This mistake is listed last but it’s certainly not the least important.  Many lifters, especially novices, select an opening attempt that is too heavy.  You don’t win with your opening attempts unless you’re Ed Coan.  Opening up too heavy requires too much energy and leaves less room for improvement on subsequent attempts.

Your opening attempt in each lift, particularly the squat because it’s the very first lift of the day, is the most important lift of all three attempts.  Your opener is like the first pitch in a baseball game, the first hit in a football game, or your first shot in basketball.  It sets the tone for the rest of the day.  More important, your opening attempt not only gets you into the meet and builds confidence but it serves as a stepping stone for the next attempt.  Missing your opener only creates uncertainty, stress, and immediately puts you in a hole.

I could write an entire article on selecting attempts alone.  I won’t discuss attempt selection in detail as that’s not the scope of this article but suffice it to say, selecting appropriate attempts is one of the most important decisions of your entire training cycle.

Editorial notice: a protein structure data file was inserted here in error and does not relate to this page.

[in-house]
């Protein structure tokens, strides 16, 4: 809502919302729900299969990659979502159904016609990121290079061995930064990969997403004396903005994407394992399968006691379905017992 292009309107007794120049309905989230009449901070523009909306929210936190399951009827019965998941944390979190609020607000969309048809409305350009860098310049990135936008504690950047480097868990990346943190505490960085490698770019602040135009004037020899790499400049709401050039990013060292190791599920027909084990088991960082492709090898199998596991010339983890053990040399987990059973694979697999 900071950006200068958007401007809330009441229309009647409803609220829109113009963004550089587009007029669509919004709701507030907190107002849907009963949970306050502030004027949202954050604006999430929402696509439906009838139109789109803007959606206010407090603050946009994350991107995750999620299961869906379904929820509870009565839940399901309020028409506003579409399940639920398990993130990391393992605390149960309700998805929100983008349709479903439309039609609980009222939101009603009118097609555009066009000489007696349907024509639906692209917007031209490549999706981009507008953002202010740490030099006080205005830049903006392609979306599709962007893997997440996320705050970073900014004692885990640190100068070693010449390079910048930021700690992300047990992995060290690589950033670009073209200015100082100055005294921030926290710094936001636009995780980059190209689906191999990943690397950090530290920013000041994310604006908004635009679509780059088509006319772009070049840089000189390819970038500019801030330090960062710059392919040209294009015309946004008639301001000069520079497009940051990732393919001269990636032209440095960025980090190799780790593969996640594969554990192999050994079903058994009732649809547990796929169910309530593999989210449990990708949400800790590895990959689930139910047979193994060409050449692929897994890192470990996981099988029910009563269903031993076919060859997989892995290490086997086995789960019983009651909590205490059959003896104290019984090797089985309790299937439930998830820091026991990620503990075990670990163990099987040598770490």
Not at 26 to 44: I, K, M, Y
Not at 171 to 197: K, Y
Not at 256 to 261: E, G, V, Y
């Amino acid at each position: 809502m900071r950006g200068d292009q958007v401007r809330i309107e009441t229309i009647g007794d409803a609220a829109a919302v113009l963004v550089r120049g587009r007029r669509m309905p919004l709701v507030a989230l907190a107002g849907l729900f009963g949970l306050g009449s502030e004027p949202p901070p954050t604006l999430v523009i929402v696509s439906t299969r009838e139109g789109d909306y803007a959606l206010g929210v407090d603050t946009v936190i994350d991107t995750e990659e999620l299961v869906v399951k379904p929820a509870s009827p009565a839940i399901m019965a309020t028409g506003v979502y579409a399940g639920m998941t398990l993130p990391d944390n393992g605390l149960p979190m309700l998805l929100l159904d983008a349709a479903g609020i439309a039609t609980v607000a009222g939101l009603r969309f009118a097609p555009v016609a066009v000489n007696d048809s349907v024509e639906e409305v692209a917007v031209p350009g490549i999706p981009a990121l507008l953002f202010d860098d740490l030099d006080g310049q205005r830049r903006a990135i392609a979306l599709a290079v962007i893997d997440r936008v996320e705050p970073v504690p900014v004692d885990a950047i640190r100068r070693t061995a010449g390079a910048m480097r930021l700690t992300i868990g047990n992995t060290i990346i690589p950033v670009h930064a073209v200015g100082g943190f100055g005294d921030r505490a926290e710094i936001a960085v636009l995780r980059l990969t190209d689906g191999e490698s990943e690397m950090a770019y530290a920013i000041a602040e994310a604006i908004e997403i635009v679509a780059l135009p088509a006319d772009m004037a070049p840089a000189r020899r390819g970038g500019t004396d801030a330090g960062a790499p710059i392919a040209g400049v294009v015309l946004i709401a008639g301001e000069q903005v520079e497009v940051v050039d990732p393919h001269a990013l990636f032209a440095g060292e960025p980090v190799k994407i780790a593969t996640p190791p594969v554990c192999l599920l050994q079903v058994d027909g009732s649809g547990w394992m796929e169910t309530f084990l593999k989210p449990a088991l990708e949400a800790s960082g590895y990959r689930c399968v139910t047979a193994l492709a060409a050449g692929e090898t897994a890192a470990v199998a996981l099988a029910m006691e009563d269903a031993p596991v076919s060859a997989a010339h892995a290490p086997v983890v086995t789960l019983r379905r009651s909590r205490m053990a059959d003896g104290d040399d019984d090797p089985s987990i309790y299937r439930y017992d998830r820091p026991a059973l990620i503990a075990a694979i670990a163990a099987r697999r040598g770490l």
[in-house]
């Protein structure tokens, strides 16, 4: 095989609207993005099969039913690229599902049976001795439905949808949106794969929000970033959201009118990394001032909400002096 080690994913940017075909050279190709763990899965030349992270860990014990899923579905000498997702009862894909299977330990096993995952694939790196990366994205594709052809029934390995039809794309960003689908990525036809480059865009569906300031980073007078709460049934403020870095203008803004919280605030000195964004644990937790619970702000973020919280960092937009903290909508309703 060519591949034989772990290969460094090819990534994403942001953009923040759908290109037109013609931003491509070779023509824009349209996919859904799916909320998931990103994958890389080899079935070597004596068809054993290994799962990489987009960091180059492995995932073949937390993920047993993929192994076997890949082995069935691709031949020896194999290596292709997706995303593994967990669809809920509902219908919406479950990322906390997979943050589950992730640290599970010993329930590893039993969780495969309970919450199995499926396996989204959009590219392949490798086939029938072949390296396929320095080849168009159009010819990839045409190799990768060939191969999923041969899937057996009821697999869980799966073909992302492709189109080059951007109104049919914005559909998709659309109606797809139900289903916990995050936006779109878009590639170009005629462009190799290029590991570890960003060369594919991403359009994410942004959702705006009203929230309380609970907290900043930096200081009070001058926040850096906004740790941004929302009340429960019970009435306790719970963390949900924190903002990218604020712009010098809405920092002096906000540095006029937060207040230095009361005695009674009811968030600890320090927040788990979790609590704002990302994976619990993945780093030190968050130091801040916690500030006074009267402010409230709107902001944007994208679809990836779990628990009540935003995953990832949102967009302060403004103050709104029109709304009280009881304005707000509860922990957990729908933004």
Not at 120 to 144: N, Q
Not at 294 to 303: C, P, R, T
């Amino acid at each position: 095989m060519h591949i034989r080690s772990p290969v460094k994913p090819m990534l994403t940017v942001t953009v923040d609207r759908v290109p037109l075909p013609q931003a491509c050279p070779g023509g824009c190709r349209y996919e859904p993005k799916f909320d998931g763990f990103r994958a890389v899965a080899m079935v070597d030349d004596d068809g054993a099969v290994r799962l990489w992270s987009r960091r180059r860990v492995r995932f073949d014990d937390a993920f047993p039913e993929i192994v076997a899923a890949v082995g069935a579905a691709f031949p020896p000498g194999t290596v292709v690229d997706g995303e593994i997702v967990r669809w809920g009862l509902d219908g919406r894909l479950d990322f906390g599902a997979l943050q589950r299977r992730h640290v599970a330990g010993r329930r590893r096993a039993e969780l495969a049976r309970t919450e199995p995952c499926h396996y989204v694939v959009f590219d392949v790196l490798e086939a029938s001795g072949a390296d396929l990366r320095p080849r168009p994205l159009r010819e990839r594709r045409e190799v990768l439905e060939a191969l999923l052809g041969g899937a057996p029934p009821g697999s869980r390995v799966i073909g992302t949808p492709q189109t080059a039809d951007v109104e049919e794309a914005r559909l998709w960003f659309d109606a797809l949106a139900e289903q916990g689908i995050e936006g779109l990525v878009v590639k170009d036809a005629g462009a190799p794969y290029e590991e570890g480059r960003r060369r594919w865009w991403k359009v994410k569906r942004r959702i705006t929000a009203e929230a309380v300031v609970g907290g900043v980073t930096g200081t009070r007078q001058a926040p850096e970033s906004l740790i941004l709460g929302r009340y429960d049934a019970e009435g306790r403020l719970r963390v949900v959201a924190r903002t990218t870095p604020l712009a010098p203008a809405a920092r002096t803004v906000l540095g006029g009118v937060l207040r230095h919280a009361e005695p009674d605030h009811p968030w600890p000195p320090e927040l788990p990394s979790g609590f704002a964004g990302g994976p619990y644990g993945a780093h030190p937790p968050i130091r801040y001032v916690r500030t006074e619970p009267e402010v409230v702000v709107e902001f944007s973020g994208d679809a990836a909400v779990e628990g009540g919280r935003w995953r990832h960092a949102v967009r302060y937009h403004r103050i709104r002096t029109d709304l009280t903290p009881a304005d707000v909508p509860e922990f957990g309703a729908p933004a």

Suggestions: Select a reasonable opening attempt that helps build confidence and allows you to make the next progression to your second attempt.

Leave your ego at home.  Nobody cares what you open with.  The only attempts that count are the ones you make.  Your openers only count toward your total if it’s the only attempt you make.  Otherwise, it serves as a prelude to your other attempts.  The opening attempt merely helps build your total by allowing you to make the next progression.  People only remember what you finished with anyway.